]. Other authors have shown that acute application of ethanol at clinically relevant concentrations (1-50 nmol/L) of isolated acinar cells resulted in calcium influx due to the production of oxidative metabolites of alcohol[97
]. Together, these data show that the role of alcohol metabolites in acinar cell damage could be due to aberrant calcium signals[98
]. FAEEs can elevate Calcium greater that ethanol alone. In addition, FAEEs and their products, fatty acids induces necrosis in acinar cells and this process could be avoided by calcium chelation[99
These physiological changes leads to the pathobiology found in alcoholic pancreatitis including acute and chronic inflammation, elimination of parenchymal cells of the pancreas by a deregulation of apoptosis/necrosis and/or modification in cell proliferation[49
]. The hypothesis called ‘‘necrosis-fibrosis sequence’’ shows these pathological changes where in the early episodes of pancreatitis, patients present focal necrosis and mild fibrosis while patients evaluated years later of the onset of symptoms presents fibrosis and calcifications but not necrosis[100
But the fact that only a minority of heavily drinkers develops pancreatitis or PC indicates that other susceptibility factors as lipid tolerance, smoking or hereditary factors play an important role. In the last decades, genetic susceptibility has been considered between the factors that contribute mainly to the development to alcoholic pancreatic diseases.
One study showed an association between a polymorphism of the gene for one FAEE synthase enzymes, carboxylester lipase and risk of developing alcoholic pancreatitis[101
In addition, the G191R variant in the anionic trypsinogen gene PRSS2
, has been shown to result in a form of trypsin that is easily degraded, is more infrequent in alcoholic pancreatitis patients compared with healthy controls[102
Other studies have demonstrated that mutation N34S in SPINK1
gene is found in 5%-5.8% of patients with pancreatitis compared with 1% in healthy controls[103,104
]. But still the functional consequences of this mutation are unknown.
One of the enzymes that have been also related to alcoholism and drug dependence for decades is ADH. Li et al[105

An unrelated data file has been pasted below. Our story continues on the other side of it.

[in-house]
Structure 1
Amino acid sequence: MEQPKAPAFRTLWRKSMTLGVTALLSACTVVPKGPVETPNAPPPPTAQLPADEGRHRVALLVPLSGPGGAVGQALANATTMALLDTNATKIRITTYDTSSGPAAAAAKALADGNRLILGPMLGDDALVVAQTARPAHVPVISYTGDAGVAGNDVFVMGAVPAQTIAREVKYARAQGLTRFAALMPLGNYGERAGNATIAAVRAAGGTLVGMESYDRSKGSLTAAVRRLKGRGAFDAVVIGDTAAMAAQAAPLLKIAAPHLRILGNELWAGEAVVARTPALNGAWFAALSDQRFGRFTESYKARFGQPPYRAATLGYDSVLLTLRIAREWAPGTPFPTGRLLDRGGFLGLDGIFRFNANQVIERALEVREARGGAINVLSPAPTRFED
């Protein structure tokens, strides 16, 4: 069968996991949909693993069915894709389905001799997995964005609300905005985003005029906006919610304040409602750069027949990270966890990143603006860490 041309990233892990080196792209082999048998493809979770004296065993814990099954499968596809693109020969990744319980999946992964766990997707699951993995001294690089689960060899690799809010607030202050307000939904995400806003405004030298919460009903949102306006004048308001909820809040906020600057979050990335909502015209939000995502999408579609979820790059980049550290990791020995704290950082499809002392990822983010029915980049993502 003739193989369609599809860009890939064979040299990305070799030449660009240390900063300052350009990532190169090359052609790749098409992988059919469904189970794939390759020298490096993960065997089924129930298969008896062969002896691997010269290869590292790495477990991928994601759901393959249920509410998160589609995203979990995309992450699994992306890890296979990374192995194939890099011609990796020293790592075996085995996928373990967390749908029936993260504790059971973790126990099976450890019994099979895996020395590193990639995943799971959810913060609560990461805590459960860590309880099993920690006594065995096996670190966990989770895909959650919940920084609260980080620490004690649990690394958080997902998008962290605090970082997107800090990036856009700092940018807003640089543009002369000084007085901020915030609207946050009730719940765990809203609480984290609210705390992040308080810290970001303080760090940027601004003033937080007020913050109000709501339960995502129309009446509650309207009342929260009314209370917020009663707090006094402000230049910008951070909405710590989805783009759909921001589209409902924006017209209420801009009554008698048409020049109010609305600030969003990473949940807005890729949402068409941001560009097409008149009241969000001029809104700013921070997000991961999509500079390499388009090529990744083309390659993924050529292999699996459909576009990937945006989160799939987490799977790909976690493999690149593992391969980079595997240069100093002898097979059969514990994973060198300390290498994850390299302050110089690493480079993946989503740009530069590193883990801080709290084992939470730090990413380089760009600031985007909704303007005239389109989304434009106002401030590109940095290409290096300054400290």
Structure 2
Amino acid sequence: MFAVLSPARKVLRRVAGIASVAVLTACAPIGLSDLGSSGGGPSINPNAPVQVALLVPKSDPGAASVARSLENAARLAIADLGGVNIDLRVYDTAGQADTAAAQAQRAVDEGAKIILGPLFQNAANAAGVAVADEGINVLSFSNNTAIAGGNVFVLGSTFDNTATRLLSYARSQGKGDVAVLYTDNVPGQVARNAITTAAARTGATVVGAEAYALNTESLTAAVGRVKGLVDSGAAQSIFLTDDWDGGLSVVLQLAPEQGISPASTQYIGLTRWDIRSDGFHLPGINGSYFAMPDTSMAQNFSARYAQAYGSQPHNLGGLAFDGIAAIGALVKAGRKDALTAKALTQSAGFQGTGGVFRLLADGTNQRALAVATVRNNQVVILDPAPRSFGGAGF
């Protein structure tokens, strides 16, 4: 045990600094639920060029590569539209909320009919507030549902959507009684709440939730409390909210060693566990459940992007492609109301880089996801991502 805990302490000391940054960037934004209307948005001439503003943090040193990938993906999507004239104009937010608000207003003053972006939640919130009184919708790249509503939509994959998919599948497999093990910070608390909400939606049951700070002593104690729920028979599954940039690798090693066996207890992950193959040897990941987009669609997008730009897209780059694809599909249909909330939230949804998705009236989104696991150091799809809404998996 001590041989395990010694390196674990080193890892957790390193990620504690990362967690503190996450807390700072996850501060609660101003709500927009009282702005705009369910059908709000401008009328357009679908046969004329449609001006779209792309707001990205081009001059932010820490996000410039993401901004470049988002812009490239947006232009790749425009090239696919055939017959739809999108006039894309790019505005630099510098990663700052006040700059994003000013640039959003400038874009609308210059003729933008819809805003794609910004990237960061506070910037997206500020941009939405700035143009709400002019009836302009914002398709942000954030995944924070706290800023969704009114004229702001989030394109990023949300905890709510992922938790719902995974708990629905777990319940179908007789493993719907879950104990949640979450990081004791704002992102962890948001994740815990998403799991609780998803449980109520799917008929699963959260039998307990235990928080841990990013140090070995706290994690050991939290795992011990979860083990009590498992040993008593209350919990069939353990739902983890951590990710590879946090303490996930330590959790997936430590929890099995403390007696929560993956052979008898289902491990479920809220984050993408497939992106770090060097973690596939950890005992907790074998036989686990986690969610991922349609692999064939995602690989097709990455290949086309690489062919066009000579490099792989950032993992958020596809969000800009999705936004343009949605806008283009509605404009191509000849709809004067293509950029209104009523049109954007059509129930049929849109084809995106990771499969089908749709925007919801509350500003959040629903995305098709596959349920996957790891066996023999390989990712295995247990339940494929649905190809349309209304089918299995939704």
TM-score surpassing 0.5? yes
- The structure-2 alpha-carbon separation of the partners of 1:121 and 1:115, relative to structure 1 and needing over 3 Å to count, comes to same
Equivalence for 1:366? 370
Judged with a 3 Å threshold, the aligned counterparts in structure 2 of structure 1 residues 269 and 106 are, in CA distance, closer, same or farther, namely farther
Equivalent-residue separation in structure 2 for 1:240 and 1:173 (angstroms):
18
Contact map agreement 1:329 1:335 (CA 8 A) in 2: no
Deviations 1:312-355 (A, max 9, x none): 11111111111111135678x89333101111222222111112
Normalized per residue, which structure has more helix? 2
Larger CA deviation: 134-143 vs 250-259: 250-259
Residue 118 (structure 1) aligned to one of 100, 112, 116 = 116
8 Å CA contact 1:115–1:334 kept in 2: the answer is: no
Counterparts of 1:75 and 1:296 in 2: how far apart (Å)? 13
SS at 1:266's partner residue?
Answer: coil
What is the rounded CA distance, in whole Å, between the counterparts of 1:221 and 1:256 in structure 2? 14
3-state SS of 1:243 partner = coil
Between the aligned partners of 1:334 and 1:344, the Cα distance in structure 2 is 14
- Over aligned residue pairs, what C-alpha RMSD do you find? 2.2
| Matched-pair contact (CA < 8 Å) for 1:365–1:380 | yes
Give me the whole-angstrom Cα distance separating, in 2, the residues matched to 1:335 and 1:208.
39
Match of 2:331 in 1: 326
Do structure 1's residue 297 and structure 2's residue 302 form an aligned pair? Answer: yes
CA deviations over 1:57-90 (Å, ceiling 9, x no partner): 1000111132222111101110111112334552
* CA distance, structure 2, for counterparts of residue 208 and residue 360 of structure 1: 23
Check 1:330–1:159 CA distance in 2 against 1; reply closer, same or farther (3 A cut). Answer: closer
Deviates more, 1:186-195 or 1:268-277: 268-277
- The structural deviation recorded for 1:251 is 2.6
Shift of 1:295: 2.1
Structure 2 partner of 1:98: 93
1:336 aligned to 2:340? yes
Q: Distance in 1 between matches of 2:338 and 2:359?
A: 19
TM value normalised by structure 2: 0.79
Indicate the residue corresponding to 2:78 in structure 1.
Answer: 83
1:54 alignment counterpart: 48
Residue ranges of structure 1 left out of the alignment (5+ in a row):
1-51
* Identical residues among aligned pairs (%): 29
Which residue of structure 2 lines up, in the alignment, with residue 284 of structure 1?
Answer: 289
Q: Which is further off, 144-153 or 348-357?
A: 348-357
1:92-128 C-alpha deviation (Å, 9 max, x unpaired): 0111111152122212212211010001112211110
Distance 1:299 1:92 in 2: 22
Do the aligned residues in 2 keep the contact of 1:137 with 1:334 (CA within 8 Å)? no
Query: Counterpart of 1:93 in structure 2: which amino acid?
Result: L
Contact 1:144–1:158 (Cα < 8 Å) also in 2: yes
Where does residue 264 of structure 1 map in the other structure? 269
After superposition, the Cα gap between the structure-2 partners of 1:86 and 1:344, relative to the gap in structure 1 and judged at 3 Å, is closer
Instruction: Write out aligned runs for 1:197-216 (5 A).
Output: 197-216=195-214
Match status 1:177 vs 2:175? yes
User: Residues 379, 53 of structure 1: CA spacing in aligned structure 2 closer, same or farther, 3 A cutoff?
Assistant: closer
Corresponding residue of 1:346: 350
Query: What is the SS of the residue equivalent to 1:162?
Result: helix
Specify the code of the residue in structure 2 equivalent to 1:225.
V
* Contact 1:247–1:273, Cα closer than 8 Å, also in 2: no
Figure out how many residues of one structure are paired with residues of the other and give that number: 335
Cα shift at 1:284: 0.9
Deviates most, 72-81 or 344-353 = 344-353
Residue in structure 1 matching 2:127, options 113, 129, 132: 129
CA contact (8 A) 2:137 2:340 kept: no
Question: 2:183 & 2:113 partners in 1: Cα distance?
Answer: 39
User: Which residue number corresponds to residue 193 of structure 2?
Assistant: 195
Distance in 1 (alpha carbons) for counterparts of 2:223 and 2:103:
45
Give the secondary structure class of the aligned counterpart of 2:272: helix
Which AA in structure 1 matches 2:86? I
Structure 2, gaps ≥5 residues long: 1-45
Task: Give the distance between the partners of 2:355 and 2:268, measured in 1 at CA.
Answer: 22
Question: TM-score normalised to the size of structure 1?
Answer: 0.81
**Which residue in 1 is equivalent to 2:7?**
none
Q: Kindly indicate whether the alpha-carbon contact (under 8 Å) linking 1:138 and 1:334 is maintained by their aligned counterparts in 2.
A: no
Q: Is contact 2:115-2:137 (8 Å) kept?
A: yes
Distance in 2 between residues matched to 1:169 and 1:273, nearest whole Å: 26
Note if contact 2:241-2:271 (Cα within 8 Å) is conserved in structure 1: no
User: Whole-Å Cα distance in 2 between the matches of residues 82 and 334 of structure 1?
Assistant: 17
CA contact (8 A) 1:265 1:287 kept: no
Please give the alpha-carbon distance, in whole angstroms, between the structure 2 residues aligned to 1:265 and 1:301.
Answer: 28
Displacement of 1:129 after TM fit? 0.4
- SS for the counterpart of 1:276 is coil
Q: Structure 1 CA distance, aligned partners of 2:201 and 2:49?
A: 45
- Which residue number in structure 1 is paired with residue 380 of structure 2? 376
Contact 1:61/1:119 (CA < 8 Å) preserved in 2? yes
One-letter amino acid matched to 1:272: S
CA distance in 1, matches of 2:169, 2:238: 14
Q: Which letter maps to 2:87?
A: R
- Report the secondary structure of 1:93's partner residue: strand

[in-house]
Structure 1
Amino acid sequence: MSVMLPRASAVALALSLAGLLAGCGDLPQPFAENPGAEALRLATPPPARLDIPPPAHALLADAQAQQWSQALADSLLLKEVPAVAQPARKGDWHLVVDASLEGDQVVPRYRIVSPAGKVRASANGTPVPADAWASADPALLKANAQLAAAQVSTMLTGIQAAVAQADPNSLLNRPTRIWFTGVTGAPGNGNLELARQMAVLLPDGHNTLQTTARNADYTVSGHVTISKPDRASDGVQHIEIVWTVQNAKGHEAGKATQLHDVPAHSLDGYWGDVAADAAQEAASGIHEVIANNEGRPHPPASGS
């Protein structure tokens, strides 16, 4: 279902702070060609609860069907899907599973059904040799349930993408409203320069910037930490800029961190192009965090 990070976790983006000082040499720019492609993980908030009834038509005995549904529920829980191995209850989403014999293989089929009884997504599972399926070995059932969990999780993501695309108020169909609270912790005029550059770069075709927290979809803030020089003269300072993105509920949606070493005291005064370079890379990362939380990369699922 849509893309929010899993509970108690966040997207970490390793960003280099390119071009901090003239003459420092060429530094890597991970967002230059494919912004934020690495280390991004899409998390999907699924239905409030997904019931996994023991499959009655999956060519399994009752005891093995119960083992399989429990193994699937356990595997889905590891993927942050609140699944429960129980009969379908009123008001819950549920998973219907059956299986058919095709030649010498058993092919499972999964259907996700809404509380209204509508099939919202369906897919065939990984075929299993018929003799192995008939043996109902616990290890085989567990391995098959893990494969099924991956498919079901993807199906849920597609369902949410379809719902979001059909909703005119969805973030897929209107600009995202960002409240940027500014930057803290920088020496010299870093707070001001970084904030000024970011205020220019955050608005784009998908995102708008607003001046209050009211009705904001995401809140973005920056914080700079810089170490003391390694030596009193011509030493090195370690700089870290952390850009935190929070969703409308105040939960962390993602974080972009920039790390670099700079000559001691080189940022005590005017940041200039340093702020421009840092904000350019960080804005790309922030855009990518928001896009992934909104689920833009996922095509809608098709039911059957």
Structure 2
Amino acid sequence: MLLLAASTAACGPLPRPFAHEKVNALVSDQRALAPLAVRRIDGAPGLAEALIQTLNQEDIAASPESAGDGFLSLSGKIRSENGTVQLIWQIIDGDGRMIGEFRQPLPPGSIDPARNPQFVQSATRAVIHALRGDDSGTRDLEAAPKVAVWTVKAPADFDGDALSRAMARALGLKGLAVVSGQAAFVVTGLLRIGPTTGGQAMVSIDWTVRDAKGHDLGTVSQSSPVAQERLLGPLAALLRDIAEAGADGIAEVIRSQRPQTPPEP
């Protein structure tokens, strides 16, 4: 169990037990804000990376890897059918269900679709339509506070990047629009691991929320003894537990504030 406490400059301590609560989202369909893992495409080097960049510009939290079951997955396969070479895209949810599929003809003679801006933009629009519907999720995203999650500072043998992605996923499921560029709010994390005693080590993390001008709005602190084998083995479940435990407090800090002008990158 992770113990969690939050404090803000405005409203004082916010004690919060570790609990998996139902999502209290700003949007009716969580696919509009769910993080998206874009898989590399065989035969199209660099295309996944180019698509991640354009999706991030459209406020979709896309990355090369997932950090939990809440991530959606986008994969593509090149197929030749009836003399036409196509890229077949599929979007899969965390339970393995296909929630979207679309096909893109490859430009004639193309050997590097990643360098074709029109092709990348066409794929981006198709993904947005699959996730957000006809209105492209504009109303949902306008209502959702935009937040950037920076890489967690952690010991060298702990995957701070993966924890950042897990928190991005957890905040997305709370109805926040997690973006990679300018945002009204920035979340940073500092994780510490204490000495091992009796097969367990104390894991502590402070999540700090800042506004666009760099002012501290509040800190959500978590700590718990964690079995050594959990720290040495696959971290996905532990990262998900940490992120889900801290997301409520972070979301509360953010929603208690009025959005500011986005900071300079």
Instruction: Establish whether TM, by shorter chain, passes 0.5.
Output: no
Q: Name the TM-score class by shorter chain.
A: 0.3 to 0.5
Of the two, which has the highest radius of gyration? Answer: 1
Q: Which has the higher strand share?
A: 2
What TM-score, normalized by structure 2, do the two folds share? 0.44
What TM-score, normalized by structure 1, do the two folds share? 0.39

] performed a recent meta-analyses and confirmed strong associations of the ADH1B
genes with alcoholism and alcohol-related medical diseases[106
]. Recently, Celorrio et al[107
] demonstrated that some specific polymorphism in the genes TH
increase the risk to develop diseases a consequence of excessive consumption of alcohol.
Although it is clear that alcohol consumption is genetically influenced, but characterized by incomplete penetrance, phenocopies, heterogeneity, and polygenic inheritance.
In conclusion, nowadays it appears clear that alcohol consumption is the first or second most common cause of pancreatitis. Based on the different epidemiology studies published in the literature the percentage of pancreatitis cases attributable to alcohol abuse vary since 30% to 90% between countries. A statistical association has been shown with a threshold of ≥ 5 drinks per day with a dose of alcohol ≥ 50 g/d.
But despite that excessive alcohol consumption is primarily responsible for most cases of pancreatitis, alcohol intake alone is not sufficient to lead to this disease, as less than 10% of heavily drinkers develop pancreatitis.
Regarding to PC, the role of alcohol consumption remains less clear, and low to moderate alcohol consumption do not appear to be associated with PC risk, but only chronic heavy drinking increase the risk compared with lightly drinkers.
Genetic variability and environmental exposures such as smoking and diet could act synergistically with regard to pancreatitis and PC and should be considered for further investigations. Probably heavy alcohol consumption may increase pancreatic disease risk most likely potentiating the effects of these other risk factors, but also may have independent genetic and epigenetic effects.